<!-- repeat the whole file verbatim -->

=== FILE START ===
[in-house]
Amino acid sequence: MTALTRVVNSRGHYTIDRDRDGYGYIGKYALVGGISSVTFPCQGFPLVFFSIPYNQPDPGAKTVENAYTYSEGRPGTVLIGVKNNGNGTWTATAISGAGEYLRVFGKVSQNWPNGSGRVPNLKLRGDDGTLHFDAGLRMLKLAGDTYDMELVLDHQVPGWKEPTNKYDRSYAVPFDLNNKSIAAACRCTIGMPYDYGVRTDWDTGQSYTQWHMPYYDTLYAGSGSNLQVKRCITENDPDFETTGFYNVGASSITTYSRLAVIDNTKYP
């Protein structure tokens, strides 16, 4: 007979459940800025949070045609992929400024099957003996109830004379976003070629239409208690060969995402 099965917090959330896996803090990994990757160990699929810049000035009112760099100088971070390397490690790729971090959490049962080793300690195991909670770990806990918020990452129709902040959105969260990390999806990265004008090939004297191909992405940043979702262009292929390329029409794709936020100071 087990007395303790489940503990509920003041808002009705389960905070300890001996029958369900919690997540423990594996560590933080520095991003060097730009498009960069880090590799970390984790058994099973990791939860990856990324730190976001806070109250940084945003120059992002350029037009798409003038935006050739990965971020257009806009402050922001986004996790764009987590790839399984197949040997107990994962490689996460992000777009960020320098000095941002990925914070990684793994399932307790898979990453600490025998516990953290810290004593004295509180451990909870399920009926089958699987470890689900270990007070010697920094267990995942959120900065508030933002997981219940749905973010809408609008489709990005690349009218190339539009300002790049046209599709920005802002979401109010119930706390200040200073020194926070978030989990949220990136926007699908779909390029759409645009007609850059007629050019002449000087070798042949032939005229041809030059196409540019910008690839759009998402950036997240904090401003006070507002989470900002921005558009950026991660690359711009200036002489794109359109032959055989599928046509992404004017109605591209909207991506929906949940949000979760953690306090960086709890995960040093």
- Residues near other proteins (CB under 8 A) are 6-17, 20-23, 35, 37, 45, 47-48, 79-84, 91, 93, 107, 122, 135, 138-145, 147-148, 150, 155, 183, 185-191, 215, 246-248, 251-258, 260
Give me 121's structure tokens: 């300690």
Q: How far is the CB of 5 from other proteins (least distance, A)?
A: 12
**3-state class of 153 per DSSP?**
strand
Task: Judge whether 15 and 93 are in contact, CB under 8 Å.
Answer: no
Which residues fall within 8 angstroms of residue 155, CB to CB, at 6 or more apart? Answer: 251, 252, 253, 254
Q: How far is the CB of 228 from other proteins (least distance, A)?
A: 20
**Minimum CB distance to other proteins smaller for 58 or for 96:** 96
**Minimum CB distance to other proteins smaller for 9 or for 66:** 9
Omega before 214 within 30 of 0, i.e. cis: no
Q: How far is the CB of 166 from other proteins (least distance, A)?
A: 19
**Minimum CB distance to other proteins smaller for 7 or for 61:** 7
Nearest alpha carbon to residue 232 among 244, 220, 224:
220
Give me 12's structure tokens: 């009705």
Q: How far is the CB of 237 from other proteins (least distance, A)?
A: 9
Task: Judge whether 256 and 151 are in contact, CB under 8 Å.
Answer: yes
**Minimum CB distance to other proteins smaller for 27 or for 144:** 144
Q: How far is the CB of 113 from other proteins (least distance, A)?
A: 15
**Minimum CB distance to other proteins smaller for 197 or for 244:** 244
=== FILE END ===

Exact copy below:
[in-house]
Amino acid sequence: MTALTRVVNSRGHYTIDRDRDGYGYIGKYALVGGISSVTFPCQGFPLVFFSIPYNQPDPGAKTVENAYTYSEGRPGTVLIGVKNNGNGTWTATAISGAGEYLRVFGKVSQNWPNGSGRVPNLKLRGDDGTLHFDAGLRMLKLAGDTYDMELVLDHQVPGWKEPTNKYDRSYAVPFDLNNKSIAAACRCTIGMPYDYGVRTDWDTGQSYTQWHMPYYDTLYAGSGSNLQVKRCITENDPDFETTGFYNVGASSITTYSRLAVIDNTKYP
């Protein structure tokens, strides 16, 4: 007979459940800025949070045609992929400024099957003996109830004379976003070629239409208690060969995402 099965917090959330896996803090990994990757160990699929810049000035009112760099100088971070390397490690790729971090959490049962080793300690195991909670770990806990918020990452129709902040959105969260990390999806990265004008090939004297191909992405940043979702262009292929390329029409794709936020100071 087990007395303790489940503990509920003041808002009705389960905070300890001996029958369900919690997540423990594996560590933080520095991003060097730009498009960069880090590799970390984790058994099973990791939860990856990324730190976001806070109250940084945003120059992002350029037009798409003038935006050739990965971020257009806009402050922001986004996790764009987590790839399984197949040997107990994962490689996460992000777009960020320098000095941002990925914070990684793994399932307790898979990453600490025998516990953290810290004593004295509180451990909870399920009926089958699987470890689900270990007070010697920094267990995942959120900065508030933002997981219940749905973010809408609008489709990005690349009218190339539009300002790049046209599709920005802002979401109010119930706390200040200073020194926070978030989990949220990136926007699908779909390029759409645009007609850059007629050019002449000087070798042949032939005229041809030059196409540019910008690839759009998402950036997240904090401003006070507002989470900002921005558009950026991660690359711009200036002489794109359109032959055989599928046509992404004017109605591209909207991506929906949940949000979760953690306090960086709890995960040093």
- Residues near other proteins (CB under 8 A) are 6-17, 20-23, 35, 37, 45, 47-48, 79-84, 91, 93, 107, 122, 135, 138-145, 147-148, 150, 155, 183, 185-191, 215, 246-248, 251-258, 260
Give me 121's structure tokens: 């300690």
Q: How far is the CB of 5 from other proteins (least distance, A)?
A: 12
**3-state class of 153 per DSSP?**
strand
Task: Judge whether 15 and 93 are in contact, CB under 8 Å.
Answer: no
Which residues fall within 8 angstroms of residue 155, CB to CB, at 6 or more apart? Answer: 251, 252, 253, 254
Q: How far is the CB of 228 from other proteins (least distance, A)?
A: 20
**Minimum CB distance to other proteins smaller for 58 or for 96:** 96
**Minimum CB distance to other proteins smaller for 9 or for 66:** 9
Omega before 214 within 30 of 0, i.e. cis: no
Q: How far is the CB of 166 from other proteins (least distance, A)?
A: 19
**Minimum CB distance to other proteins smaller for 7 or for 61:** 7
Nearest alpha carbon to residue 232 among 244, 220, 224:
220
Give me 12's structure tokens: 């009705």
Q: How far is the CB of 237 from other proteins (least distance, A)?
A: 9
Task: Judge whether 256 and 151 are in contact, CB under 8 Å.
Answer: yes
**Minimum CB distance to other proteins smaller for 27 or for 144:** 144
Q: How far is the CB of 113 from other proteins (least distance, A)?
A: 15
**Minimum CB distance to other proteins smaller for 197 or for 244:** 244